Late in the school year, students also explored Destiny Collections as sixth graders worked to complete a Biography in Action project and seventh graders finalized their World Peace Day projects. All students searched public Collections to add items to their own private resources and explored new avenues of learning.

Stay tuned--students' exploration continues in the new year!

Wednesday, August 14, 2019

ABCs of DCGMS Library: W is for Writing

Today's ABCs of DCGMS Library post is brought to you by the letter W for writing.
Photo by Angelina Litvin on Unsplash
While the primary purpose of the Literacy Studies class is to promote reading and literacy, of course that cannot happen in a vacuum. So that means students are writing and sharing their writing with one another.

Much of students' writing was tied to a book or literacy-related project. Examples included:
  • Book reviews for our online catalog
  • Genre explanations with evidence
  • Literary terms examples with explanations
  • Book talk planning
  • Author study pieces related to theme, along with personal narratives
  • Database research
  • HyperDocs collaboration
Each of these is previously shared in an earlier ABCs of DCGMS Library post, so why not scroll back through to see how students were writing to make meaning?

Monday, August 12, 2019

ABCs of DCGMS Library: V is for Visiting Authors

Today's ABCs of DCGMS Library is brought to you by the letter V for visiting authors.
Photo by Aaron Burden on Unsplash
Over the course of several months, four popular MG/YA authors visited the Des Moines metro area and surrounding parts of the state. First, Akata Witch author Nnedi Okorafor spoke at the inaugural Des Moines Book Festival in late March.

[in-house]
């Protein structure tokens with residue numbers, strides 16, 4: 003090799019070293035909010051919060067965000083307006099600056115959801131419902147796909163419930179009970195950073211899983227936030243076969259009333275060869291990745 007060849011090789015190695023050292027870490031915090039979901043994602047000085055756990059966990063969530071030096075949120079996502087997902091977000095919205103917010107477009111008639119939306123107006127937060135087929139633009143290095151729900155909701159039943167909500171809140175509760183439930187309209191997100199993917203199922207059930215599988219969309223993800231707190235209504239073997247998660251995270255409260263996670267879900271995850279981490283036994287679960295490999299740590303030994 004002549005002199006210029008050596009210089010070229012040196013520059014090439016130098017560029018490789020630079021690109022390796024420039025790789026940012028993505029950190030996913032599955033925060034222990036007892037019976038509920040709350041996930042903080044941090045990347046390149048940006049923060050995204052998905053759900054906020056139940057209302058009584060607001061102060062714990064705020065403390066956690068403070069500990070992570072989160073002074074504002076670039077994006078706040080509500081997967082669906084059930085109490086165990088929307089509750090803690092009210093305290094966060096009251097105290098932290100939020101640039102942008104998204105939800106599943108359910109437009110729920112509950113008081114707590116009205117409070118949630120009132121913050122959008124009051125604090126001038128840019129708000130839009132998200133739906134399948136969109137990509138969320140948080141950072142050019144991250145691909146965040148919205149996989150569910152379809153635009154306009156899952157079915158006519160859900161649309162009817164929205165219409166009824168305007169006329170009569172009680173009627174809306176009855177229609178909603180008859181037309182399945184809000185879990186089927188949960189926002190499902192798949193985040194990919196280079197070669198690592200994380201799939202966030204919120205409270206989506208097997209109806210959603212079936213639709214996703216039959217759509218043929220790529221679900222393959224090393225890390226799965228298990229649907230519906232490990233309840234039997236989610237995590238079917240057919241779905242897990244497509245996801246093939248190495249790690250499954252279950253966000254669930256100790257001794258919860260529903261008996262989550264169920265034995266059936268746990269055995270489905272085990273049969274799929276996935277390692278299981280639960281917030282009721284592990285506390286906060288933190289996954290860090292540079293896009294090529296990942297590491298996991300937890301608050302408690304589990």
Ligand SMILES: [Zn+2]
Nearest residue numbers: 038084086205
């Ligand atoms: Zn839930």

Okorafor, known for her fantasy and science fiction books for young adults and older readers, spoke about the political themes she sees in her stories, the characters who "speak" to her as she writes, her work with Marvel and writing graphic novels vs. prose/chapter books, and her work with the Black Panther series.

About a month later, author Laurie Halse Anderson spoke in West Des Moines about her newest book Shout and the 20th anniversary of the release of the ground-breaking book Speak, now also presented as a graphic novel. She continues to visit high schools across the country to talk with both girls and boys about how to treat one another, especially in close relationships.

In May, author Jason Reynolds was in Dubuque, IA, and while it's a few hours from the Des Moines area, it's Jason Reynolds! The drive there and back was certainly worth it!

Reynolds spoke of his journey as a writer, and several questions from audience members were related to his work with the Track series. He indicated that many of his characters and stories are based on people and stories he knows and has lived.

Finally, in June, author Kwame Alexander was a keynote speaker at a state-wide reading and librarian conference in Ames, IA, where he challenged teachers and librarians to continue to promote reading with all students and to listen to students and their stories. He encouraged writing and poetry, and at the end of his presentation shared his new work with illustrator Kadir Nelson, The Undefeated.

With each visit, I returned to the library and to my students with renewed excitement. I'm eager to see who may be visiting the Des Moines metro in the future!

Thursday, August 8, 2019

ABCs of DCGMS Library: U is for Unsplash

Today's ABCs of DCGMS Library post is brought to you by the letter U: U is for Unsplash.
You may have noticed that many of the introductory photos for our ABCs posts have been from Unsplash, and students used Unsplash often throughout the year in their projects for Literacy Studies class. According to their website, Unsplash is "the Internet's source of freely usable images powered by creators everywhere."

What does this mean for students? Great photography and images to use with user-friend citations, for one. An easy Google Slides add-on for another!

If you're looking for great photography for your students to use with easy and manageable citations, Unsplash is a wonderful option. Below are a few images students used as part of their projects.